State opens accreditation investigation of Houston ISD
Texas Education Agency officials confirmed late Tuesday that they have opened a special accreditation investigation into Houston ISD, though they declined to specify the nature of the inquiry.
A special accreditation investigation gives TEA officials wide discretion to review potential wrongdoing within the district and issue various sanctions, depending on the seriousness of any findings. HISD is already under oversight from a state-appointed conservator, who is monitoring the district’s Board of Trustees and efforts to improve academic performance at several long-struggling campuses.
Four HISD trustees on Tuesday declined to comment on any potential investigations or said they were unaware of details of a state inquiry.
“Any notices we received have been turned over to the board attorney, so at this point, I can make no comments in reference to that,” said HISD Board President Diana Dávila, who was elected by trustees to assume the leadership position last week.
HISD administrators did not immediately respond to a request for comment Tuesday night.
News of the investigation pinged around HISD circles late Tuesday, though details about the inquiry remained unclear or tightly held.
Trustee Sergio Lira said he “got wind of it” before his 6 p.m. public meeting to receive community feedback about the district’s superintendent search.
“As far as me, (I’ll) absolutely cooperate with the TEA investigation,” Lira said.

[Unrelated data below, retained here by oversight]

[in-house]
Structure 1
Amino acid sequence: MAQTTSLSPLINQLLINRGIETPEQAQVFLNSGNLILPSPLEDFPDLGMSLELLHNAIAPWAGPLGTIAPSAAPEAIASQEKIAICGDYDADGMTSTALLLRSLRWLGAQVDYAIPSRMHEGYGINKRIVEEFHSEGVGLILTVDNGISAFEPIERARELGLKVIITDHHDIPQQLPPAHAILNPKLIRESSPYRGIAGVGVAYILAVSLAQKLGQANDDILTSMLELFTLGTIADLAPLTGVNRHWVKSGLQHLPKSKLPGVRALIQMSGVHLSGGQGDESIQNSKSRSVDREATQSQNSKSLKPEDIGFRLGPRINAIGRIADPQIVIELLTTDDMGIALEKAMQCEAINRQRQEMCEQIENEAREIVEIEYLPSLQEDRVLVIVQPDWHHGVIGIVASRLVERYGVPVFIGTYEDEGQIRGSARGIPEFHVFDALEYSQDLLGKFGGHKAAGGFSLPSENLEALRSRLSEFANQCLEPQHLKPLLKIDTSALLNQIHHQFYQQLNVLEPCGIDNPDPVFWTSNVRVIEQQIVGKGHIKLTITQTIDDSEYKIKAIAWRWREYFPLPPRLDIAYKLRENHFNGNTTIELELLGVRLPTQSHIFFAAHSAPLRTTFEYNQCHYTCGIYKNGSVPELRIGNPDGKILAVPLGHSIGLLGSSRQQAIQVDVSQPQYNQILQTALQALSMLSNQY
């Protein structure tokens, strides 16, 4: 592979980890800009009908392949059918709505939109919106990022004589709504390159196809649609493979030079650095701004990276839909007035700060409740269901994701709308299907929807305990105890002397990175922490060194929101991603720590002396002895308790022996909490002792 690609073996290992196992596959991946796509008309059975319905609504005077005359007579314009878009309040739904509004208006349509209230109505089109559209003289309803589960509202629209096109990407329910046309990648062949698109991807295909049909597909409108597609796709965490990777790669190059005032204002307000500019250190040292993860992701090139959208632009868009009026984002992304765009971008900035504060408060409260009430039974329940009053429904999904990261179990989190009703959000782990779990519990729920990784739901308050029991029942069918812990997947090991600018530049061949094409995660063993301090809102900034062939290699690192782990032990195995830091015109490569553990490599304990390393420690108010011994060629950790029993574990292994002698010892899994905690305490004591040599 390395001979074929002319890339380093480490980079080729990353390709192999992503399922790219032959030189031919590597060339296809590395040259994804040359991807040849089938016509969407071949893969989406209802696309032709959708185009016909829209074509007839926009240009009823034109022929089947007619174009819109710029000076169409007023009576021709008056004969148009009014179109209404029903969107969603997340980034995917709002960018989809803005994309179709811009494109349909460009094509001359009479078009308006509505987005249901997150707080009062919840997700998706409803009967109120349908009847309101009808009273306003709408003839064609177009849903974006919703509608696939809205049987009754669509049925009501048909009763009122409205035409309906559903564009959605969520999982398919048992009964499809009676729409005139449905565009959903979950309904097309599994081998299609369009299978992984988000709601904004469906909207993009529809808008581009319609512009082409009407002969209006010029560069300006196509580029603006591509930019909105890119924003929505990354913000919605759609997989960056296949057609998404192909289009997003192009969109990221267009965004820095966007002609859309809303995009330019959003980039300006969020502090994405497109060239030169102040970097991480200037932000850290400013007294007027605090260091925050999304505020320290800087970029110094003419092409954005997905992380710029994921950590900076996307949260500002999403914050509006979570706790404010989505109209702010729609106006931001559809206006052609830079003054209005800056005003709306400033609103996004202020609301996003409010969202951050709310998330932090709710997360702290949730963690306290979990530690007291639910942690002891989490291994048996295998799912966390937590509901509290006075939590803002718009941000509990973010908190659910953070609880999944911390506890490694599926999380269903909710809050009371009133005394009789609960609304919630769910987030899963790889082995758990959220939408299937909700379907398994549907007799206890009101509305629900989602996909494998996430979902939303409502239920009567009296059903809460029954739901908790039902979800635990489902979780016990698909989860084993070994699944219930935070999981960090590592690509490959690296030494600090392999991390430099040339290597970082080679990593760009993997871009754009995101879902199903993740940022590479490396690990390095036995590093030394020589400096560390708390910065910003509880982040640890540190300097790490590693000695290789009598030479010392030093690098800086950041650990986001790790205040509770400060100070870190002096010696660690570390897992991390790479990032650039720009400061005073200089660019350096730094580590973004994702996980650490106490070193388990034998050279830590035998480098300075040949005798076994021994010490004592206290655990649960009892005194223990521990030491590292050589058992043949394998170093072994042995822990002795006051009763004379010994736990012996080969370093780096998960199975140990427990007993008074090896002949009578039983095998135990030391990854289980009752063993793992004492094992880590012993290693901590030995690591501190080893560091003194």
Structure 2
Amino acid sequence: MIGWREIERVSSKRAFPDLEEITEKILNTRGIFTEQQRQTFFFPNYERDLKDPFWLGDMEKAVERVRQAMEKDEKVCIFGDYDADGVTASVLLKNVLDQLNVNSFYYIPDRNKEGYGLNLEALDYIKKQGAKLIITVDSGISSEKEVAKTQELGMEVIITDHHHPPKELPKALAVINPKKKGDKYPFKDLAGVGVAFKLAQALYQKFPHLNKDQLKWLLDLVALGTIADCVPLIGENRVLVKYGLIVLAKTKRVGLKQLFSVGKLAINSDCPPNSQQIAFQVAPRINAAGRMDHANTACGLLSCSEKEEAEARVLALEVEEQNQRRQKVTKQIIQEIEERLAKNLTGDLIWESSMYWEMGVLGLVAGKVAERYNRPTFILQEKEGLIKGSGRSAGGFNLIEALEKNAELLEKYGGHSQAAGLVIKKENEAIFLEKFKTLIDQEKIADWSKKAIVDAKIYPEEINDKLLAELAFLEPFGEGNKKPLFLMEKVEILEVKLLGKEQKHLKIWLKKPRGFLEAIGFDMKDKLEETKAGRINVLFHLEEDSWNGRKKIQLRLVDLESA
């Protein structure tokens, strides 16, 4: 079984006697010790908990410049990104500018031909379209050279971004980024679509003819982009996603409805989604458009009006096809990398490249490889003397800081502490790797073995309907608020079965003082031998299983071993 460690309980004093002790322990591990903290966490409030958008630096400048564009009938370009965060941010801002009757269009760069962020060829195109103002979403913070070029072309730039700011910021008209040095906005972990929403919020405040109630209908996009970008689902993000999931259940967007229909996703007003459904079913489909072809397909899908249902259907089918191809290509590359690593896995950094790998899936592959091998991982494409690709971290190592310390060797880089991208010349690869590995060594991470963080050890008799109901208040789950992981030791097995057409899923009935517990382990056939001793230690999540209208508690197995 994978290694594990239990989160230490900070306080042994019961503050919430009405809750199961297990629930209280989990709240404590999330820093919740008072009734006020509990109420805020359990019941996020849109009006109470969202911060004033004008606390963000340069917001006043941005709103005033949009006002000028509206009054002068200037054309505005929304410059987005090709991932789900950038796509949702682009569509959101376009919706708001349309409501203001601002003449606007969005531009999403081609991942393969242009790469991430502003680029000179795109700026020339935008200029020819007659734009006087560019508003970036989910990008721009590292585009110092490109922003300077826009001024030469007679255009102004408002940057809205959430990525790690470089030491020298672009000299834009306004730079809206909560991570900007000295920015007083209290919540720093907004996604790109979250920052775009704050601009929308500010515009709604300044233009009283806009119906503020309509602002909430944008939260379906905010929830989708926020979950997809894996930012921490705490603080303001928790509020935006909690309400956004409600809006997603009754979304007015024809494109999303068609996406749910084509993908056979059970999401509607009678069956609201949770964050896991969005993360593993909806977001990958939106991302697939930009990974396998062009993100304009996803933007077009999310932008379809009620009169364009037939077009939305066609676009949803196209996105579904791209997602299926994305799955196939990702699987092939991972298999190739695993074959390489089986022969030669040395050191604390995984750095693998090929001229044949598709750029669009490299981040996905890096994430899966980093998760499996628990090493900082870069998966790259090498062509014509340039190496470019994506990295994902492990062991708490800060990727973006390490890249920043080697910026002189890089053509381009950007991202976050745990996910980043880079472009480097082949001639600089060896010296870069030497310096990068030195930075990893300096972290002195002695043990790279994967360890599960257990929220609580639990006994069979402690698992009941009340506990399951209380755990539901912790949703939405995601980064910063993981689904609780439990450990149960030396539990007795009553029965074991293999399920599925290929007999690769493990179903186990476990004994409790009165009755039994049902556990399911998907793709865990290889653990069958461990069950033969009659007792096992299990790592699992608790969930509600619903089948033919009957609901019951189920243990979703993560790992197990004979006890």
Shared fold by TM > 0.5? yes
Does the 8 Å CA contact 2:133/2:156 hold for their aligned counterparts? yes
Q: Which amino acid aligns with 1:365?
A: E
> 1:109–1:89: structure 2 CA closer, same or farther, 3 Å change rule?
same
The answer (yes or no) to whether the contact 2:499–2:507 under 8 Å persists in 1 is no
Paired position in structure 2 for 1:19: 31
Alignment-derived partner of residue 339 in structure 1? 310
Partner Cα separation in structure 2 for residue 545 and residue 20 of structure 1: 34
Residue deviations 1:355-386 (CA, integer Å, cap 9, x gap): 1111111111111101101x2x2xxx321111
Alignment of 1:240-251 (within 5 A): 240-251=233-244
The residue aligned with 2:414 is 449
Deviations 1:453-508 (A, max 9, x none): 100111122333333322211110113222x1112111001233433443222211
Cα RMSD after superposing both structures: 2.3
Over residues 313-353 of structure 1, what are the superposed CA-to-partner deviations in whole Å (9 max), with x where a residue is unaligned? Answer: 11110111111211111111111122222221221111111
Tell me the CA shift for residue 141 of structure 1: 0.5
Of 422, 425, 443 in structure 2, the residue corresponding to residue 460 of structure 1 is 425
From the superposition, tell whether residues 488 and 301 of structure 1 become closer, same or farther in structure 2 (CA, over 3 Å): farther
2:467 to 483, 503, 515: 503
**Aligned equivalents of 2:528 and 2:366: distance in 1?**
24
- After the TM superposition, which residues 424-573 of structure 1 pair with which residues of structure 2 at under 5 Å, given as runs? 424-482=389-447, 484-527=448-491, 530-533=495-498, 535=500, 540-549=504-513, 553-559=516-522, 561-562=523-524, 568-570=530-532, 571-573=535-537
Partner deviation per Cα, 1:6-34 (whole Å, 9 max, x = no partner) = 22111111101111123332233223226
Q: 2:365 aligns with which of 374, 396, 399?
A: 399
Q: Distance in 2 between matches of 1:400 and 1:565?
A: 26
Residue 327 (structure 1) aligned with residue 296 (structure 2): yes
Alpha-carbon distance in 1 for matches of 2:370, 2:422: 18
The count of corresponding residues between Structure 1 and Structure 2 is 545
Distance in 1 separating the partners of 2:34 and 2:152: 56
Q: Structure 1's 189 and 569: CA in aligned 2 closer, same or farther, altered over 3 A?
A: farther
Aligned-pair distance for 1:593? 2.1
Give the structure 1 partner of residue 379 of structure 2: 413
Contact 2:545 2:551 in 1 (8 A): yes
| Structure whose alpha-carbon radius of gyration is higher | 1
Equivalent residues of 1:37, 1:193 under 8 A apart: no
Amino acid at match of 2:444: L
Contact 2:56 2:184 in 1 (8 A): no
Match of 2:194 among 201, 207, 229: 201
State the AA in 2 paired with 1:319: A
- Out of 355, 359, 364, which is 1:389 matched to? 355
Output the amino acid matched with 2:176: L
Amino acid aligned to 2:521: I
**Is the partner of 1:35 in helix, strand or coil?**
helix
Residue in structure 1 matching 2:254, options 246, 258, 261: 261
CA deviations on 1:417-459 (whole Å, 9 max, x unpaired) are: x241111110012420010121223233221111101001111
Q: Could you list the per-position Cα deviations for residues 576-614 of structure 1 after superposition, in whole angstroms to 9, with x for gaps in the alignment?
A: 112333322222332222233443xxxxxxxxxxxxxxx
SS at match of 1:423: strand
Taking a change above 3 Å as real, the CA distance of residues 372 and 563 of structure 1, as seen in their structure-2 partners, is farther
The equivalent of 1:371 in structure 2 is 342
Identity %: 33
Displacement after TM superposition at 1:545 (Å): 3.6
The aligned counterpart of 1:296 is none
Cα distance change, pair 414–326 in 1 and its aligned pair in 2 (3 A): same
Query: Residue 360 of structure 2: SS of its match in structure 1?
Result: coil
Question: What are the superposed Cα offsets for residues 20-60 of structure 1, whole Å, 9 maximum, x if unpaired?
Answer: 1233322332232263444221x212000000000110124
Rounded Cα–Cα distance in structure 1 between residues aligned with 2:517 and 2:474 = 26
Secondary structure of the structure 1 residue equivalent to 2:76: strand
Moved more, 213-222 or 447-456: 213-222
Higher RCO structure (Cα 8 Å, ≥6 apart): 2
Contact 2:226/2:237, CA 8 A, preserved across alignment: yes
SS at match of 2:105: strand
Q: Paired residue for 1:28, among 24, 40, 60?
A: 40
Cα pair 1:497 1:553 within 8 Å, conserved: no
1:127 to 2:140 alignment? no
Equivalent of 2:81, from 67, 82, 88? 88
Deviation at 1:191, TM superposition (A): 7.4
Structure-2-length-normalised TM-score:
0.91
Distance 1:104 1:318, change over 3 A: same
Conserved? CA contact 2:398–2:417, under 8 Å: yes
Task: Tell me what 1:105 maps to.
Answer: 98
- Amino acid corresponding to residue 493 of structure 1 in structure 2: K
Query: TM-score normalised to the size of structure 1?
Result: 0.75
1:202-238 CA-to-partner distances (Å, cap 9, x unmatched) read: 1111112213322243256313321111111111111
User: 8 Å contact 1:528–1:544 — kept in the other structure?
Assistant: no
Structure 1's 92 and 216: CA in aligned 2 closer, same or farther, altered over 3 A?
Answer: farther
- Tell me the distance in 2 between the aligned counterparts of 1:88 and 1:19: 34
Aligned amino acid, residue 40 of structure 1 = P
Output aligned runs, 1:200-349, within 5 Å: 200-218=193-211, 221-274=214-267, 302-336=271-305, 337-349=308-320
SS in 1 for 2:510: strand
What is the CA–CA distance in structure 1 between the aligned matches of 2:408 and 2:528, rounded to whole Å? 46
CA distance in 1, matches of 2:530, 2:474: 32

Reached shortly before 9 p.m., Trustee Elizabeth Santos said “I don’t know firsthand what’s going on,” pledging to be “completely transparent” with TEA investigators. Trustee Rhonda Skillern-Jones, who served as board president for the past 12 months, said she “cannot comment at this time until I have spoken to legal counsel.”
HISD has been under state scrutiny since September 2016, when the TEA appointed former Aldine ISD administrator Doris Delaney to monitor Kashmere High School. The campus has now failed to meet state academic standards for nine consecutive years, the longest streak in Texas.
Delaney’s oversight role expanded in the summer of 2017 to include monitoring of the school district’s governing board and academic outcomes at low-performing campuses. Delaney’s presence in HISD for more than 12 months triggered a state law that gives Texas Education Commissioner Mike Morath the authority to replace HISD’s locally elected governing board. Morath has not exercised that option to date.
HISD also faces the potential of a state board takeover under a separate law, known as HB 1842, which has loomed over the district for more than a year. The statute states the TEA commissioner close campuses or replace the locally elected school board in any district where a single campus receives five consecutive “improvement required” ratings for poor academic performance.
HISD avoided those sanctions in August 2018 when four chronically low-performing schools met state academic standards. However, four more schools could trigger the punishment in August 2019.
The district’s governing board has faced extensive criticism in recent months following public displays of acrimony and a secretive effort by five trustees to replace Interim Superintendent Grenita Lathan in October 2018. The five trustees voted to oust Lathan, then reversed course one week later when her chosen replacement backed out, citing the school board’s “dysfunctional” state.